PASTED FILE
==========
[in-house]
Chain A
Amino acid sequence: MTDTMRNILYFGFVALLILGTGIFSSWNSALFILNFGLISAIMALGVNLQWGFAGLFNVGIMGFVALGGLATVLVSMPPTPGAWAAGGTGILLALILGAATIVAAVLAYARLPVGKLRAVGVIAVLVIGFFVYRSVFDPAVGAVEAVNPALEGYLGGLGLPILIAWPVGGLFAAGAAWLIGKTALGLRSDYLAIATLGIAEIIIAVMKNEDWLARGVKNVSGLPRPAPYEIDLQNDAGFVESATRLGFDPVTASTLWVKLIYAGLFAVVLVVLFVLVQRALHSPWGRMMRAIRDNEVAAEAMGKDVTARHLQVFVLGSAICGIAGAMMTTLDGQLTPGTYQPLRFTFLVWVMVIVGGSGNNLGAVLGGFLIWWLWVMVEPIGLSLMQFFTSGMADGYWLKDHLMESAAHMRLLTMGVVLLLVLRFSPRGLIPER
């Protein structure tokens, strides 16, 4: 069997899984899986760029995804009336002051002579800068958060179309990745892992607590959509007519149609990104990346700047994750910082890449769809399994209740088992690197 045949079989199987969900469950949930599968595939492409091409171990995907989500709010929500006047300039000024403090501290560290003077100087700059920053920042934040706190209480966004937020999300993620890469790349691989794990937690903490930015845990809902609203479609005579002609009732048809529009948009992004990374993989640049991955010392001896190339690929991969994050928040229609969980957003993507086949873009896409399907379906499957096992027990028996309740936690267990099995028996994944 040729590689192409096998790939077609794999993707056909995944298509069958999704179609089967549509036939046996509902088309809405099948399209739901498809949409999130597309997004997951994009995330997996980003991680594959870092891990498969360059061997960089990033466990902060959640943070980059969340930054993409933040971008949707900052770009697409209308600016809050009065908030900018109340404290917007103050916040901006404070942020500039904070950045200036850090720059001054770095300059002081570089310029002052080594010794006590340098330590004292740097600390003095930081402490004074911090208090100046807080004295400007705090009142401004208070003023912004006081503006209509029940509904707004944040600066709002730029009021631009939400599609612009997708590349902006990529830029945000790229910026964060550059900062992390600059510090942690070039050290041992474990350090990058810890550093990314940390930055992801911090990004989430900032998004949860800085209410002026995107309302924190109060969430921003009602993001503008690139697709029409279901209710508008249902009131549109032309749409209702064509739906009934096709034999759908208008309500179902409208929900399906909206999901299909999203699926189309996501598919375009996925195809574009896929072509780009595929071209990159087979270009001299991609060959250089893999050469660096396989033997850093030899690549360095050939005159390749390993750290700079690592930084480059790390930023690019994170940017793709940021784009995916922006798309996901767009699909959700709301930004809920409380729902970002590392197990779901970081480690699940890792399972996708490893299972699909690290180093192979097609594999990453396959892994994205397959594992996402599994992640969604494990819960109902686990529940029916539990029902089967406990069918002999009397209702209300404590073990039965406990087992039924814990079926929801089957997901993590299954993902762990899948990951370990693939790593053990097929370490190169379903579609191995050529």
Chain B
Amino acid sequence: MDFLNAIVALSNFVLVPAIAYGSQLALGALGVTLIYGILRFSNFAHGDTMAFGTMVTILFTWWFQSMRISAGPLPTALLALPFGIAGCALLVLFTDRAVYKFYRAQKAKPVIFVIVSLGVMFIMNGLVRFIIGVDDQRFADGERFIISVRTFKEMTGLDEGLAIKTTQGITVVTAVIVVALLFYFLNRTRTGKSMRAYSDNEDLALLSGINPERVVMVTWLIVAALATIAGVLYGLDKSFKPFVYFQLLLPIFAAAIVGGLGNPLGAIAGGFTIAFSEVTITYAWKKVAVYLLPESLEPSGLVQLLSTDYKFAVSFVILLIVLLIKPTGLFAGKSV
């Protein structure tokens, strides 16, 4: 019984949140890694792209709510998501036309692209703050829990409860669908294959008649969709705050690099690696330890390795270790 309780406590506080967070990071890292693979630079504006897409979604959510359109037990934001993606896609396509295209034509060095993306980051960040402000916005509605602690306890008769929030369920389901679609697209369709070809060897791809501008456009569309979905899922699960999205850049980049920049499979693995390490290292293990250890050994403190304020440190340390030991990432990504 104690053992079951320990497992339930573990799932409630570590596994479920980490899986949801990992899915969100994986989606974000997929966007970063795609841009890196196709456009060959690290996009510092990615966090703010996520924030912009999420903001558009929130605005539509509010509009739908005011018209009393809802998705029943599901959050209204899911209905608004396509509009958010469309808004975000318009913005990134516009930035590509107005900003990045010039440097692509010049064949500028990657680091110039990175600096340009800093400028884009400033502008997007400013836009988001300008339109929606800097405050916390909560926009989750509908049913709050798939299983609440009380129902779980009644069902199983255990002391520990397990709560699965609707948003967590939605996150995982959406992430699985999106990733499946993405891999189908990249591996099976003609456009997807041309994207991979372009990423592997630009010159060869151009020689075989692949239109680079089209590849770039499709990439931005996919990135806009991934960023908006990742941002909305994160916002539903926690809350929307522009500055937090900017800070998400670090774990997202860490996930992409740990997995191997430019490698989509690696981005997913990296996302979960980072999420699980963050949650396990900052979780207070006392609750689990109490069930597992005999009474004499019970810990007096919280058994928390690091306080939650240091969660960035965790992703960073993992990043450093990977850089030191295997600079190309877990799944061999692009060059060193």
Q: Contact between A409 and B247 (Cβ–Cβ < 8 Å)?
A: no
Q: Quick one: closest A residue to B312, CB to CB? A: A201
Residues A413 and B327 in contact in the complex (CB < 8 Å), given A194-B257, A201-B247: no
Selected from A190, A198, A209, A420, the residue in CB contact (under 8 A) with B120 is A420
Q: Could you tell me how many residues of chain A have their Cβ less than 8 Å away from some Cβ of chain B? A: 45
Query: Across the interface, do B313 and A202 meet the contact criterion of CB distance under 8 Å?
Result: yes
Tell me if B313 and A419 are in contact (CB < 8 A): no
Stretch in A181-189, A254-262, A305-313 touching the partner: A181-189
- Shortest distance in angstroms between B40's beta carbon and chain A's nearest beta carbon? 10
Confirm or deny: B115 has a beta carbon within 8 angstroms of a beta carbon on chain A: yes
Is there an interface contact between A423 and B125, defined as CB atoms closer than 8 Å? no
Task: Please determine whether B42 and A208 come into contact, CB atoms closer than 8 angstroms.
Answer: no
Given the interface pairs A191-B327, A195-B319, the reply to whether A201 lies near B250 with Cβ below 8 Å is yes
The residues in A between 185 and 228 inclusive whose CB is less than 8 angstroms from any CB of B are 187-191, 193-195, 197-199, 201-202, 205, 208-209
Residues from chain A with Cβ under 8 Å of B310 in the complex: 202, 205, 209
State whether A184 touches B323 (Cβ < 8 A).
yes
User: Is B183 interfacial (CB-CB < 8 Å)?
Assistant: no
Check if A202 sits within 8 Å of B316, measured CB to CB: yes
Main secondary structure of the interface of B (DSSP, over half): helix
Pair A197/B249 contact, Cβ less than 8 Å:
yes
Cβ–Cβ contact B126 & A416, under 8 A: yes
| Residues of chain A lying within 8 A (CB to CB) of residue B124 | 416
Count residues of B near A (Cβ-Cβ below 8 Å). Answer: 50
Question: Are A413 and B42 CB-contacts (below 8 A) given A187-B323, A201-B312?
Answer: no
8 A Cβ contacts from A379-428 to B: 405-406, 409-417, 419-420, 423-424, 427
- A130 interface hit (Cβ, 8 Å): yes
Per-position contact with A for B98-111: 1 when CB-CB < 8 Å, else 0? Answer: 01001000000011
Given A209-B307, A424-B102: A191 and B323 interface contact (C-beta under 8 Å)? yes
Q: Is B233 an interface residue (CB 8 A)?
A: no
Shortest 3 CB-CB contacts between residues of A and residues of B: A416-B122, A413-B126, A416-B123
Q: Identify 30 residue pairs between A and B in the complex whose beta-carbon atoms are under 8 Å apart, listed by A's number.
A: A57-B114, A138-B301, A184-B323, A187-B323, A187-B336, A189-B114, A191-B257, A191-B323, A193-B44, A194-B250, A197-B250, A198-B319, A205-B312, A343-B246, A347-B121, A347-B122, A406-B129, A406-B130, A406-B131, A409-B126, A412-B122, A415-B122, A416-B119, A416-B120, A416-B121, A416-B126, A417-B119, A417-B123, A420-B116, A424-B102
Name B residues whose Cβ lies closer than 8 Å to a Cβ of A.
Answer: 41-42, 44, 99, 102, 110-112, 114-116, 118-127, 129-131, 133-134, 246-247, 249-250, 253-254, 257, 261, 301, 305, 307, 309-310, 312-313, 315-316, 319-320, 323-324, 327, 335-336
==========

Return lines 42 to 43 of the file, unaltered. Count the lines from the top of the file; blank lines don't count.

Given A209-B307, A424-B102: A191 and B323 interface contact (C-beta under 8 Å)? yes
Q: Is B233 an interface residue (CB 8 A)?